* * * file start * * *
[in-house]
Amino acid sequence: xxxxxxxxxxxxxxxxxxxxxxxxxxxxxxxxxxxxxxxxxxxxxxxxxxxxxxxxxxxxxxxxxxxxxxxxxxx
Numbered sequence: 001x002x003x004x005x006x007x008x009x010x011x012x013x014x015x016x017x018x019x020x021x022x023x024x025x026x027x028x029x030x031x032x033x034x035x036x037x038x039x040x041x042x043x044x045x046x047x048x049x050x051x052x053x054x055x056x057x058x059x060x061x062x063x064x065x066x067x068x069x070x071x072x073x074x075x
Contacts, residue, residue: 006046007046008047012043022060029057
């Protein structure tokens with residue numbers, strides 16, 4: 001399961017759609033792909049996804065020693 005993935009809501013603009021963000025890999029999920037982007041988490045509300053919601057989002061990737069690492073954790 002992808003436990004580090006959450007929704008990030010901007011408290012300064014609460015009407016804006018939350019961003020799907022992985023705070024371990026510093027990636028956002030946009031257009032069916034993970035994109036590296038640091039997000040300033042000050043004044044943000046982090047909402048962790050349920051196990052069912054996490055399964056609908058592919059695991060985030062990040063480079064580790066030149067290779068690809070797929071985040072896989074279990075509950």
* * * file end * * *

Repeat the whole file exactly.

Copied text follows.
[in-house]
Amino acid sequence: xxxxxxxxxxxxxxxxxxxxxxxxxxxxxxxxxxxxxxxxxxxxxxxxxxxxxxxxxxxxxxxxxxxxxxxxxxx
Numbered sequence: 001x002x003x004x005x006x007x008x009x010x011x012x013x014x015x016x017x018x019x020x021x022x023x024x025x026x027x028x029x030x031x032x033x034x035x036x037x038x039x040x041x042x043x044x045x046x047x048x049x050x051x052x053x054x055x056x057x058x059x060x061x062x063x064x065x066x067x068x069x070x071x072x073x074x075x
Contacts, residue, residue: 006046007046008047012043022060029057
């Protein structure tokens with residue numbers, strides 16, 4: 001399961017759609033792909049996804065020693 005993935009809501013603009021963000025890999029999920037982007041988490045509300053919601057989002061990737069690492073954790 002992808003436990004580090006959450007929704008990030010901007011408290012300064014609460015009407016804006018939350019961003020799907022992985023705070024371990026510093027990636028956002030946009031257009032069916034993970035994109036590296038640091039997000040300033042000050043004044044943000046982090047909402048962790050349920051196990052069912054996490055399964056609908058592919059695991060985030062990040063480079064580790066030149067290779068690809070797929071985040072896989074279990075509950």